Meet the MEAs and physiological stimulation
The analysis method deploys microelectrode arrays (MEAs) which are, basically, glass chips printed with multiple microelectrodes, allowing non-invasive long-term measurement of electrically active cells cultured on them. MEAs have been increasingly used iPSC in research for disease modeling, drug testing and screening for early in vitro detection of proarrhythmia risk before clinical use – safe non-arrythmic drugs do not induce arrhythmias.
However, sometimes the anomalies and drug effects are not visible in the data. Research has demonstrated that mimicking human physiology on a dish is an effective stimulus for cardiovascular studies. Which, first of all, mimics the real human physiology, but also stimulates the cells in different conditions, e.g. under physical exertion.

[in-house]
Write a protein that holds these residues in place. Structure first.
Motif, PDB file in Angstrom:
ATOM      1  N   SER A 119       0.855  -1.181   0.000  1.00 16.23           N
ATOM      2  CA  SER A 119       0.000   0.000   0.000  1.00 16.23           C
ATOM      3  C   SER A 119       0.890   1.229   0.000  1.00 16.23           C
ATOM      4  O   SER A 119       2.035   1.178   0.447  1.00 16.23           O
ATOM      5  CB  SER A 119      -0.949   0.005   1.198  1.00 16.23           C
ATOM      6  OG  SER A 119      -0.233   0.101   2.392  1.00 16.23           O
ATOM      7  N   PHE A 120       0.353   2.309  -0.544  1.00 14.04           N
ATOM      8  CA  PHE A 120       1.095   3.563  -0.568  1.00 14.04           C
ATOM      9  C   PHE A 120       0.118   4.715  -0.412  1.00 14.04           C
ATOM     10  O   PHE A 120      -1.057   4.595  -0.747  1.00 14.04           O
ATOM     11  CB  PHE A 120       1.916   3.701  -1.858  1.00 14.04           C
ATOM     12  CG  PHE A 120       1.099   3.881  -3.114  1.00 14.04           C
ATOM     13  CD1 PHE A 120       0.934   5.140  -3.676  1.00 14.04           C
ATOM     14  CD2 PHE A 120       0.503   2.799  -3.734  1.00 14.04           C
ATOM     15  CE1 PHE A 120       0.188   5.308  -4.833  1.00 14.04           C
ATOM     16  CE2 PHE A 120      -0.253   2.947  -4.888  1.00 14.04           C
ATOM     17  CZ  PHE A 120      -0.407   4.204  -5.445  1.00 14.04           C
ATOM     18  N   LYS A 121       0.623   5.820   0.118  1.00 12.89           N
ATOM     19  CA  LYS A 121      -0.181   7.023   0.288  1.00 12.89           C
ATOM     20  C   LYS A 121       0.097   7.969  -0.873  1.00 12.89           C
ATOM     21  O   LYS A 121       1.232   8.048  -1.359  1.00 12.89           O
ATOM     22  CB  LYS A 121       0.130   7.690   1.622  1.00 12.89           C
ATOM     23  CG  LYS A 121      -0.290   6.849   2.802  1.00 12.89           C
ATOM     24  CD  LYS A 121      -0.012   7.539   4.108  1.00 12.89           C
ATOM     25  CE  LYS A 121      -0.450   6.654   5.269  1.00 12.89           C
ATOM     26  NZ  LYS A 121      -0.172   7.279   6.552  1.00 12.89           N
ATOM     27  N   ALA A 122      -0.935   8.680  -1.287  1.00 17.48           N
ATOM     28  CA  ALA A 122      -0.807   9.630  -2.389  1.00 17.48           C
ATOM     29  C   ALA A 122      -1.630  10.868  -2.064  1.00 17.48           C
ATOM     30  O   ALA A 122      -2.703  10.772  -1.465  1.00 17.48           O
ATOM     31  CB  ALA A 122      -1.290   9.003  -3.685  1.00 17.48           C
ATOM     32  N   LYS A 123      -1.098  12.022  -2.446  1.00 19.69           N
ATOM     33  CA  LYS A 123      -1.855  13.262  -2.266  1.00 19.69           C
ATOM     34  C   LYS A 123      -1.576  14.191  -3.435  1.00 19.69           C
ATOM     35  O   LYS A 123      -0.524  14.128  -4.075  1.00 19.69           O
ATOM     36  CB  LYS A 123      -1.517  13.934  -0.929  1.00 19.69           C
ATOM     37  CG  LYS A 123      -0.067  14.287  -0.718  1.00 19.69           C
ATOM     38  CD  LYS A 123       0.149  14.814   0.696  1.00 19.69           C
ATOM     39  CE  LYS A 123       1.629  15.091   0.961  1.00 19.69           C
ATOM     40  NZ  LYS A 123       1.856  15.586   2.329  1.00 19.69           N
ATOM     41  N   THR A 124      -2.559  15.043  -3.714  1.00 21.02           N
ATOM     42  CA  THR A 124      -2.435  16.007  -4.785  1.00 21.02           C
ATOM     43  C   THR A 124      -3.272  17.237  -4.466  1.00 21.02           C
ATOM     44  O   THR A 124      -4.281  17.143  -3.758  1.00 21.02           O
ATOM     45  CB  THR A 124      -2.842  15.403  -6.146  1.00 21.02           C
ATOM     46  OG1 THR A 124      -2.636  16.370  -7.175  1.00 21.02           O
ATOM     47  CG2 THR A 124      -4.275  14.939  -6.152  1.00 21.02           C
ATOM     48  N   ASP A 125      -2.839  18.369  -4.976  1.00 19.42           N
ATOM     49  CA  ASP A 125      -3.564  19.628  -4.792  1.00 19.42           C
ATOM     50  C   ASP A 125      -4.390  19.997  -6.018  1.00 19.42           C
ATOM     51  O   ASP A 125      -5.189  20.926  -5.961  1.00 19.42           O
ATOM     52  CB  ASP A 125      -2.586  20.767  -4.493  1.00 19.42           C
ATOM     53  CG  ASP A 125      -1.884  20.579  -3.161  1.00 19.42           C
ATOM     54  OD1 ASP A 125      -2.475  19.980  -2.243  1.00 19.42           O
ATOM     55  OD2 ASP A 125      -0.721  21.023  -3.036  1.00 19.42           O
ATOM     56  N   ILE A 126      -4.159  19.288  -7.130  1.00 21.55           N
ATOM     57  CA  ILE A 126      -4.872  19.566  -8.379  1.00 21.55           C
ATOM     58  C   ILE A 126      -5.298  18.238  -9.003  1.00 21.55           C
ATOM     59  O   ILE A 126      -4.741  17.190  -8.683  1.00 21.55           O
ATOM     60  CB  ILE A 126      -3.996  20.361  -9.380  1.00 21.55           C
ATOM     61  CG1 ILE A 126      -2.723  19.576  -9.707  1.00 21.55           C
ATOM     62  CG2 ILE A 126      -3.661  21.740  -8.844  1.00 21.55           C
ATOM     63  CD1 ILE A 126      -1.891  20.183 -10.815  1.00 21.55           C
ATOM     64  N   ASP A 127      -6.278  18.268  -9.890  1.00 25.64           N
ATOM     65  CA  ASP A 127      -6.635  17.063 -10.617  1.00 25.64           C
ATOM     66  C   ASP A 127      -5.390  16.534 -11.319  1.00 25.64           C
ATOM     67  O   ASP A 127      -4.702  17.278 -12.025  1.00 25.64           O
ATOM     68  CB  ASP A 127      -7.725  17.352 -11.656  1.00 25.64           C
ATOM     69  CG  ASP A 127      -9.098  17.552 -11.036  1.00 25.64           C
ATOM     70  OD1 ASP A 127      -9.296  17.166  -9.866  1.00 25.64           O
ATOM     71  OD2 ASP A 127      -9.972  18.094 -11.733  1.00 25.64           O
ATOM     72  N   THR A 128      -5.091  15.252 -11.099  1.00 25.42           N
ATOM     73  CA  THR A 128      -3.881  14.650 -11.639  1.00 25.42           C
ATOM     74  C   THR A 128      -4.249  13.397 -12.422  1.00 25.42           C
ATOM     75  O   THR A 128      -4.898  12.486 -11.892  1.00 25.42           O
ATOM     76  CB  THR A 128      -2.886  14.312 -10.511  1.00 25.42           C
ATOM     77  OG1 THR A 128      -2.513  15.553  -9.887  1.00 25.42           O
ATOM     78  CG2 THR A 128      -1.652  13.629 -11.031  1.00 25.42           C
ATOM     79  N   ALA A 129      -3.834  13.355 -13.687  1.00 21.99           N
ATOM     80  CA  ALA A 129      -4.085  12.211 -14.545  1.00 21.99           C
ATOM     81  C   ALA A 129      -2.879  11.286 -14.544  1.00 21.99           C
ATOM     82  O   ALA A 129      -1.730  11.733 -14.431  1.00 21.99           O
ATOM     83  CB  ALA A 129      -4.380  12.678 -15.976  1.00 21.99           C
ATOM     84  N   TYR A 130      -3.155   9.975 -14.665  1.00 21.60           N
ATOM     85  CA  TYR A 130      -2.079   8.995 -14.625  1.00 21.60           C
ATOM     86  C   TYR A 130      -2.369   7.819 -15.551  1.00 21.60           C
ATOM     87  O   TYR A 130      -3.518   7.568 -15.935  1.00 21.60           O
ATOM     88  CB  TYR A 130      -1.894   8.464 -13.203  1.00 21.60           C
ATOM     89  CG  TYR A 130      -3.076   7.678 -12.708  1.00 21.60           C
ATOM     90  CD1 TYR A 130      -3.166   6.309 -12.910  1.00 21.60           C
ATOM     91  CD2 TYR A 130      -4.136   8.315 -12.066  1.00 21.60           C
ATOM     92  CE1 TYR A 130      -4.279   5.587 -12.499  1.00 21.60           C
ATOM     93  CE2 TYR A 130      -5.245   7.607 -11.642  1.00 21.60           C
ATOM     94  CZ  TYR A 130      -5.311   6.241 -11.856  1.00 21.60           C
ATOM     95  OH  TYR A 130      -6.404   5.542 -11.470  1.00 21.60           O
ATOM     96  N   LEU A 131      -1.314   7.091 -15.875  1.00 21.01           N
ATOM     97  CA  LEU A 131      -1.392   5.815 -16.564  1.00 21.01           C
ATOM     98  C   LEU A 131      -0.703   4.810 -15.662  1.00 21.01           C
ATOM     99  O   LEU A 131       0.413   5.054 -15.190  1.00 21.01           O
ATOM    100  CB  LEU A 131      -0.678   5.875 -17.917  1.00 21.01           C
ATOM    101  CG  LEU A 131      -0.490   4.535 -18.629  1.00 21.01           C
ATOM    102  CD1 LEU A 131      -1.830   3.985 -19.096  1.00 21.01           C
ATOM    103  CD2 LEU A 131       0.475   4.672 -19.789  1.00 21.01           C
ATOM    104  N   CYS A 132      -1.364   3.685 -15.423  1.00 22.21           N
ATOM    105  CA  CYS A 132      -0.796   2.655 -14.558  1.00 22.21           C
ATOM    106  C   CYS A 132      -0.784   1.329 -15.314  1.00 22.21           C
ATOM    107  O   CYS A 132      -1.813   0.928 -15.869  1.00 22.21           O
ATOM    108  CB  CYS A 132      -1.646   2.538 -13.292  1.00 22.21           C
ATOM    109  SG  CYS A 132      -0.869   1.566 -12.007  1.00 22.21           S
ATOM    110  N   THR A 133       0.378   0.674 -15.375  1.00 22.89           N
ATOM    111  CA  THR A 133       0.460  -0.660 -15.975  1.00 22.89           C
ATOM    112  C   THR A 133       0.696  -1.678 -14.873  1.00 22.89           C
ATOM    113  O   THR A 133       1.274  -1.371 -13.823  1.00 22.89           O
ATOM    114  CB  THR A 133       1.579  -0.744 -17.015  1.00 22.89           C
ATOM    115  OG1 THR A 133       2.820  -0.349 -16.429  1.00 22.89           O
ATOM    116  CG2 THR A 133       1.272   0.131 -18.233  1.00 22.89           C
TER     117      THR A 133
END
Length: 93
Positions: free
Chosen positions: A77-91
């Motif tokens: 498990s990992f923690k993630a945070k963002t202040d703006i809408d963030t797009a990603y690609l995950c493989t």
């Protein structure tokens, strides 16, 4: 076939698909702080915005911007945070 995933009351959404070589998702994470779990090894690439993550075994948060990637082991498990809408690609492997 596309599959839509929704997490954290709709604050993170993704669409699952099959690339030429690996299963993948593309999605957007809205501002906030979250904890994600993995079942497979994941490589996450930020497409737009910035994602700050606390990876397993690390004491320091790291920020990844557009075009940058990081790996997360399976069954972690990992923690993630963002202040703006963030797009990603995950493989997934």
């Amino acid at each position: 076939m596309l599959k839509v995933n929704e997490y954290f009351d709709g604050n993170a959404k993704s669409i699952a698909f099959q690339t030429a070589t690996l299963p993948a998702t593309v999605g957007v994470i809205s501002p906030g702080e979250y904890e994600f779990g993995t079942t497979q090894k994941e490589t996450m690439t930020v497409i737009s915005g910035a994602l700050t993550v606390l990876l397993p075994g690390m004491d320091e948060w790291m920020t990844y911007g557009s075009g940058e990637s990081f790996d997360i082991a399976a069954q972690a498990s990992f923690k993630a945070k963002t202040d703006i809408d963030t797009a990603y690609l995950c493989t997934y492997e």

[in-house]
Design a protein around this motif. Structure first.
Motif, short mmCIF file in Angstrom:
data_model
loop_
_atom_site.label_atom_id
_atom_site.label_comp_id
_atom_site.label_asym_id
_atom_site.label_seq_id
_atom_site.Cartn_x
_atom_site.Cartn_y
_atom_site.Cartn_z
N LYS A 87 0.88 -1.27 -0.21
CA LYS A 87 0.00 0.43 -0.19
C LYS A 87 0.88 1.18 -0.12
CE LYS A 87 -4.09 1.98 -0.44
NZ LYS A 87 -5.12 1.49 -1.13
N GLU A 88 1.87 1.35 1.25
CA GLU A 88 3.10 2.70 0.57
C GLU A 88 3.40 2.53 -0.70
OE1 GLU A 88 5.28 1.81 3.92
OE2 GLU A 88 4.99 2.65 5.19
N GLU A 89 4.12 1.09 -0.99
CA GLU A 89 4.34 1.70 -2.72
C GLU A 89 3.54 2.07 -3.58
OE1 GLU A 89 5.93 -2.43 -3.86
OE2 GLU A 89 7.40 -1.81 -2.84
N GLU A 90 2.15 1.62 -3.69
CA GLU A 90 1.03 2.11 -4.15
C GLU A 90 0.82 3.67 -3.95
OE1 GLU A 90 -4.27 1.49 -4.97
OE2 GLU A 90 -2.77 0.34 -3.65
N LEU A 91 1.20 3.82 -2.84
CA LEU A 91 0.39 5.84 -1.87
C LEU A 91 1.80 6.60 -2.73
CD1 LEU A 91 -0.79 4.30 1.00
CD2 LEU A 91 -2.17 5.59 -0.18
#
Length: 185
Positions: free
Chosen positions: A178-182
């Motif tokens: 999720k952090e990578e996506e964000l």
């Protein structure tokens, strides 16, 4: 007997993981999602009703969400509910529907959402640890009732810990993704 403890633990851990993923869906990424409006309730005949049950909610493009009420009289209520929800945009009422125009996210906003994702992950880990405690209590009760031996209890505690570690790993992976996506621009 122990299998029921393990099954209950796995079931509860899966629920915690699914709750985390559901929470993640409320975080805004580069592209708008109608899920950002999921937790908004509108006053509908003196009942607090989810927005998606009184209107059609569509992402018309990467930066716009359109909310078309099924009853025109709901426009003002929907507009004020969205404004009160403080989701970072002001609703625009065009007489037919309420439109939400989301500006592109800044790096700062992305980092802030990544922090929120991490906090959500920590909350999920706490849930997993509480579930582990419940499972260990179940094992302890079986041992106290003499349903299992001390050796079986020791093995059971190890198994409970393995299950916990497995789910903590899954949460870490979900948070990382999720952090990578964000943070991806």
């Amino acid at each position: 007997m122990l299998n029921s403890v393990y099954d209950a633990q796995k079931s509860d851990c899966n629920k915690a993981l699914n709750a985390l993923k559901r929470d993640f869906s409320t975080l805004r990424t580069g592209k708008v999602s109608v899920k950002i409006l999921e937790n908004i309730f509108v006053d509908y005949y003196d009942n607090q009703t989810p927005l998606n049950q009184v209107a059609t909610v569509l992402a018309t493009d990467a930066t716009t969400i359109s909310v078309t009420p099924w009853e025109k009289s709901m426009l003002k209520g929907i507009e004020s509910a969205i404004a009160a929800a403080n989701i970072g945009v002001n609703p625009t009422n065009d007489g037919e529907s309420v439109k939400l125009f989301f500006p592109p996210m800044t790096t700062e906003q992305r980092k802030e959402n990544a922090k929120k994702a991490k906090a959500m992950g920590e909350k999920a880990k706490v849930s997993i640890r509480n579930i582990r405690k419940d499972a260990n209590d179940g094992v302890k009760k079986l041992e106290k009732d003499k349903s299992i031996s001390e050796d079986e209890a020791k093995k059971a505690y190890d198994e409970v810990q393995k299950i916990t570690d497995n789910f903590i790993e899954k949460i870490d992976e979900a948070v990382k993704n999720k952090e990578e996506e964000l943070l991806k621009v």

“Physiological stimulation provides us with more valuable data about human response to stress, insight into disease susceptibility, and potentially to understanding individualized treatment response in the future as well,” says Aho.
“Once we have enough data, we can propose which drugs are the best fit for the individual patients,” he adds.
DataSolu’s ultimate goal is to build a rich iPSC data asset, which in the future will enable, for example, rapid personalized drug development and safety testing of new chemicals.